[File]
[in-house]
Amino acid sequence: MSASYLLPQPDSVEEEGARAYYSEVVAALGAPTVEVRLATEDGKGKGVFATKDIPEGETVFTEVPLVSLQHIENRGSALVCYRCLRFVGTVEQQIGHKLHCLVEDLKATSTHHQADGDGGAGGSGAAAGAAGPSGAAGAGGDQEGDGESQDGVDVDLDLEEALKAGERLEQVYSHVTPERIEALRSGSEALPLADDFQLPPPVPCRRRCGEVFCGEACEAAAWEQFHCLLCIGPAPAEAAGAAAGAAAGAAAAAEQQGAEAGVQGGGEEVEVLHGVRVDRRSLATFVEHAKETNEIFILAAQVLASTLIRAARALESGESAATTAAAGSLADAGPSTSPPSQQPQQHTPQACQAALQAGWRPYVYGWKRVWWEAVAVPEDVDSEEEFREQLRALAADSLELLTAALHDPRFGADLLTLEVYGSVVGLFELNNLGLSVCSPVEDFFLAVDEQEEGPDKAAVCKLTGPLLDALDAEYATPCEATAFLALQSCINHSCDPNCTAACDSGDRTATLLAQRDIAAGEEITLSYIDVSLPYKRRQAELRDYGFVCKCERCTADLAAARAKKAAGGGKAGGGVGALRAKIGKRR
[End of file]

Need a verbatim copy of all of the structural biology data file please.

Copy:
[in-house]
Amino acid sequence: MSASYLLPQPDSVEEEGARAYYSEVVAALGAPTVEVRLATEDGKGKGVFATKDIPEGETVFTEVPLVSLQHIENRGSALVCYRCLRFVGTVEQQIGHKLHCLVEDLKATSTHHQADGDGGAGGSGAAAGAAGPSGAAGAGGDQEGDGESQDGVDVDLDLEEALKAGERLEQVYSHVTPERIEALRSGSEALPLADDFQLPPPVPCRRRCGEVFCGEACEAAAWEQFHCLLCIGPAPAEAAGAAAGAAAGAAAAAEQQGAEAGVQGGGEEVEVLHGVRVDRRSLATFVEHAKETNEIFILAAQVLASTLIRAARALESGESAATTAAAGSLADAGPSTSPPSQQPQQHTPQACQAALQAGWRPYVYGWKRVWWEAVAVPEDVDSEEEFREQLRALAADSLELLTAALHDPRFGADLLTLEVYGSVVGLFELNNLGLSVCSPVEDFFLAVDEQEEGPDKAAVCKLTGPLLDALDAEYATPCEATAFLALQSCINHSCDPNCTAACDSGDRTATLLAQRDIAAGEEITLSYIDVSLPYKRRQAELRDYGFVCKCERCTADLAAARAKKAAGGGKAGGGVGALRAKIGKRR